The growing number of Americans living in multi-generational households reflects more than the overall increase in the U.S. population. From 2009 to 2012, the number of people living in multi-generational households increased from 51.5 million to 56.8 million. Over that same time period, the share of the population living in multi-generational households rose from 16.8% to 18.1%.
From 2007 to 2010, the multi-generational population grew substantially—swelling by well over 2 million people per year. Since 2010, the multi-generational population has increased at a slower rate—roughly 1 million per year.
However, the Great Recession and its aftermath only accelerated an increase in multi-generational living arrangements that had been unfolding for several decades. In 1980, a post-World War II low of 12.1% of the population resided in a multi-generational household. By 2007, 15.5% of the population lived in a multi-generational household.
Looking back further in time, the modern rise in multi-generational households was a reversal of a previous trend. Throughout most of the 20th century intergenerational coresidence was declining. This downward trend was particularly sharp among the elderly. In 1900, 57% of adults ages 65 and older lived in a multi-generational household. By 1980, only 17% lived with multiple generations of family.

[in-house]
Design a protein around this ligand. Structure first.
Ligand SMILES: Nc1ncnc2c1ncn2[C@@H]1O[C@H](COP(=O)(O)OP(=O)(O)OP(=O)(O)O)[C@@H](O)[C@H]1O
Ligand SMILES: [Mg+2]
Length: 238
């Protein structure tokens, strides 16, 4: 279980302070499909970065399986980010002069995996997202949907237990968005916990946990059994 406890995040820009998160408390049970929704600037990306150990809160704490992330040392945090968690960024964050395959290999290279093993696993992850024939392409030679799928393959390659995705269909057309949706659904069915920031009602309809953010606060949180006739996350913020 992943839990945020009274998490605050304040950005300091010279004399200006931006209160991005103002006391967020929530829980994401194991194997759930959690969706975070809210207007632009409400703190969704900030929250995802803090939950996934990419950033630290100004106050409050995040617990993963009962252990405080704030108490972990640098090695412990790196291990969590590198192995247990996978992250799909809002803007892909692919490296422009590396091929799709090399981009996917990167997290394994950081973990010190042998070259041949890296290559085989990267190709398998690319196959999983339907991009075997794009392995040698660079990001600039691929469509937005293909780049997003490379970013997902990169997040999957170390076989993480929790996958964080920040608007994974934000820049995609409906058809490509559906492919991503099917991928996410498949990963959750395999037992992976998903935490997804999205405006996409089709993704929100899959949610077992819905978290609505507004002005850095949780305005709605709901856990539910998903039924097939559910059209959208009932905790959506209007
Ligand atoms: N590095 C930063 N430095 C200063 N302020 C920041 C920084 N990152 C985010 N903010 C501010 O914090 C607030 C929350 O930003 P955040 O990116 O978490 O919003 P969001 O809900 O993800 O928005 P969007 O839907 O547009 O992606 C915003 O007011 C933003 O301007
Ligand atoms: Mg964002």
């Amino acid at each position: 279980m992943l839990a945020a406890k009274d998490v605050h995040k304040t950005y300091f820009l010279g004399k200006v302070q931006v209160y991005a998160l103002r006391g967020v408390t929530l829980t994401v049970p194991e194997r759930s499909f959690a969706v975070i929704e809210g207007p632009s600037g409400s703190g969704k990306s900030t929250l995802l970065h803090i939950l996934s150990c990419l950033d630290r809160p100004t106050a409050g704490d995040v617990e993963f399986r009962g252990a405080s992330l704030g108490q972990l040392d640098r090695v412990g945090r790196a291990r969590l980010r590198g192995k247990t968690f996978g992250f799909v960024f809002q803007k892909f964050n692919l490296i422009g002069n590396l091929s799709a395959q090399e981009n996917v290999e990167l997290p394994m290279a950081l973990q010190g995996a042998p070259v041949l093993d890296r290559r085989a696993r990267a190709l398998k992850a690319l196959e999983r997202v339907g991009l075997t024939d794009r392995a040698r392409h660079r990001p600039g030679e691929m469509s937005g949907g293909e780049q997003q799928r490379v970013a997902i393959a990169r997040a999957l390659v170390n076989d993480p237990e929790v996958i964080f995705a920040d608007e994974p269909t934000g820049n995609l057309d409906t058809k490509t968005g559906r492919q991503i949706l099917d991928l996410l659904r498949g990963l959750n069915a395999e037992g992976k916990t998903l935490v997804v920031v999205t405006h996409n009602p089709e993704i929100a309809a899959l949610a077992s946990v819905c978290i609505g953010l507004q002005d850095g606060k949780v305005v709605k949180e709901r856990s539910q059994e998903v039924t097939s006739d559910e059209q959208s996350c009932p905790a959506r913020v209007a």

A number of factors likely contributed to the decreased tendency for the elderly to live with adult children early in the century. Marked improvements in the health of the elderly diminished infirmity and boosted their capacity to live independently. Rising incomes and the establishment of Social Security and private pensions greatly increased the financial well-being of older adults, enabling the elderly to afford privacy and independent living (McGarry and Schoeni, 2000).
In addition to rising affluence, demographic factors played a role. Fertility declined substantially during the 1900s, reducing the number of children with whom elderly parents could potentially reside (Schoeni, 1998). And economic opportunities, with the transformation of the economy from an agrarian to an industrial basis, led many adult children to leave the family home and seek opportunities in the emerging labor market (Ruggles, 2007).
Since immigrants are more likely than U.S.-born Americans to live with multiple generations in the home, there is little doubt that some of the growth in multi-generational living is due to the third great wave of immigration that commenced with the passage of the Immigration and Nationality Act of 1965. Since 1980, the share of households headed by an immigrant has doubled (from 7% to 14% in 2012). In 2009, 16% of households headed by an immigrant were multi-generational, compared with 10% of households with a U.S.-born head.